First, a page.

The architectural salvage house next to the Magnolia Silos called Savage Finds Antiques & Oddities was our next stop. I walked in from the blazing outside saying, “I want a velvet painting of Elvis or a tiger or Elvis riding a tiger,” and was dizzy from the possibilities right there, waiting to be bought and taken home.  

 

“You’re crazy, Aunt Julie,” Lucy said as she started carefully moving items out of the way to unearth potential treasure. We considered framing covers from circa-50’s erotica, but Lucy vetoed the idea rolling her eyes, “Too weird.”

 

We settled on a roll of art deco wallpaper ($3). The tigers in the design got me close to my original idea, and the salmon color in the paper perfectly matches my terracotta tile. Bonus: it had been used in the mayor’s house back in the 1920s. What could be more authentically Chip and Joanna Gaines than leftover vintage wallpaper belonging to the mayor of Waco?  

 

I held onto that thought the rest of the day as I waited in line for a hot dog, another line to get into the Magnolia megastore, and as I looked around at the throngs of people enjoying their spring break at the Magnolia Silos.

 

Peering out over my surroundings, I appreciated the careful attention to detail that comes out in each and every episode of Fixer Upper. Noticing old components from when the silos were operative (currently repurposed for shaded seating for guests), in my head I could hear the voices of Chip playfully teasing Joanna who gently feigns annoyance as she steers him back to the task at hand: making those rusty metal beams and cranks into beautifully functional art.

 

The families who came out that day were treated to food trucks, a rose garden, plenty of shaded seating, and pillows so they could sit more comfortably on the lawn. Children ran around, semi-supervised in the kind of environment where outdoor play was considered in advance. It’s a madhouse of wonderful.

 

Grasping my salvaged wallpaper, I made my way through the store and warehouse where today everything is pre-manufactured. The idea of I wish I knew this before it was found coursed through my brain like it always does when a good concept gets too popular. Everything was lovely. Everything was high quality. Every single detail was thought through.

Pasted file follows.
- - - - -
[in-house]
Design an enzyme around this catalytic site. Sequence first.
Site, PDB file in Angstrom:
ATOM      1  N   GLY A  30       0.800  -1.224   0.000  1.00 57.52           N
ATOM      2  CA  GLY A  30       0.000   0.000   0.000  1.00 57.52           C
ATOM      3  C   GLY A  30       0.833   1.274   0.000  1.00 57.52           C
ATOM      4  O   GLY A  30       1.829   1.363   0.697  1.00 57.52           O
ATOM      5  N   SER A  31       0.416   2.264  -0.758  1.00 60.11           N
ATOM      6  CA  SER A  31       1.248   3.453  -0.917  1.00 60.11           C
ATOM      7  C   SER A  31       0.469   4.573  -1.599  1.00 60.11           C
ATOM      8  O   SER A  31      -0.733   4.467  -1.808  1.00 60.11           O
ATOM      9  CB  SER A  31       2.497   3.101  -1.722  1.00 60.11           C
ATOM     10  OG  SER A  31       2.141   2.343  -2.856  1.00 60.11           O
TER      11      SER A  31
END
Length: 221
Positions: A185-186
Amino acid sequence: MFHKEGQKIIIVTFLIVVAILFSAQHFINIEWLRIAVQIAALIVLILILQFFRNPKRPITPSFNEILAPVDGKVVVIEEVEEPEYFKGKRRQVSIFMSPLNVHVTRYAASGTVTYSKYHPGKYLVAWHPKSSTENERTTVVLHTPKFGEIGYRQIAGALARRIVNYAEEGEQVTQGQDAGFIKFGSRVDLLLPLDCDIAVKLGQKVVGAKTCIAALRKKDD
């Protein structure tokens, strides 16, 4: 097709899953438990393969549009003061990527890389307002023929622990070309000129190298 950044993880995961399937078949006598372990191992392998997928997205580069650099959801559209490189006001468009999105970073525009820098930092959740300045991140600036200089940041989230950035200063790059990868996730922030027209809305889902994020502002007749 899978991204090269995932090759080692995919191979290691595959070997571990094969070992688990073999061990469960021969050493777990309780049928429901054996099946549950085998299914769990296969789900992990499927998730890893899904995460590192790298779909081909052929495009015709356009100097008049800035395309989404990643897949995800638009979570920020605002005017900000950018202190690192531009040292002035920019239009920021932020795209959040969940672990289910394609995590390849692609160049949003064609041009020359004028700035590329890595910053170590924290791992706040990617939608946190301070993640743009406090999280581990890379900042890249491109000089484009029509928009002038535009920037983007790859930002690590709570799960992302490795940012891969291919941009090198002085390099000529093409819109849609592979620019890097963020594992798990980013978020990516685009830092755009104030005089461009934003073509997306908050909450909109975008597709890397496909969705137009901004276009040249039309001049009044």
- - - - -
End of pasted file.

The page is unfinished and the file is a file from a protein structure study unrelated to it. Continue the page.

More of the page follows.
And yet, what I wanted was different.

 

Being at the Magnolia Silos with my niece, I longed for the original Mom & Pop shop in my mind’s eye. There I stumble upon Joanna Gaines sitting quietly at a rustic table filled with finds she’s begrudgingly willing to sell. She spies my stash, and I unroll the mayor’s wallpaper and ask the Texas farmhouse decor wizard herself: How can I incorporate this historical slice of Waco into my crazy tiki house back in Las Vegas?

 

A few days later I’m in Marble Falls on the outskirts of Texas Hill Country. The main street there is lined with shops like I’m sure Magnolia used to be. I wander into Birdie’s House of Design and meet Sheryl and Karl Westerman. Sheryl and I talk shop like old timers who’ve seen a thing or two but would probably squeal like school girls after finding the perfect junked-out whatchamacallit at a local flea market.

 

Sheryl and I recognize in each other a gypsy soul that’s always searching for something interesting, handmade and old. I promise to steal her idea for growing an herb garden in an antique toolbox (I happen to have one lying around) and we both laugh.

 

The next time I’m in Texas I’ll bring Lucy by her shop. There amid the store’s vignettes packed with antiques, and cast-offs Sheryl has carefully reinvisioned, my niece and I will pick up where we left off in our quest to honor the people who help us see the beautiful in the tattered and worn.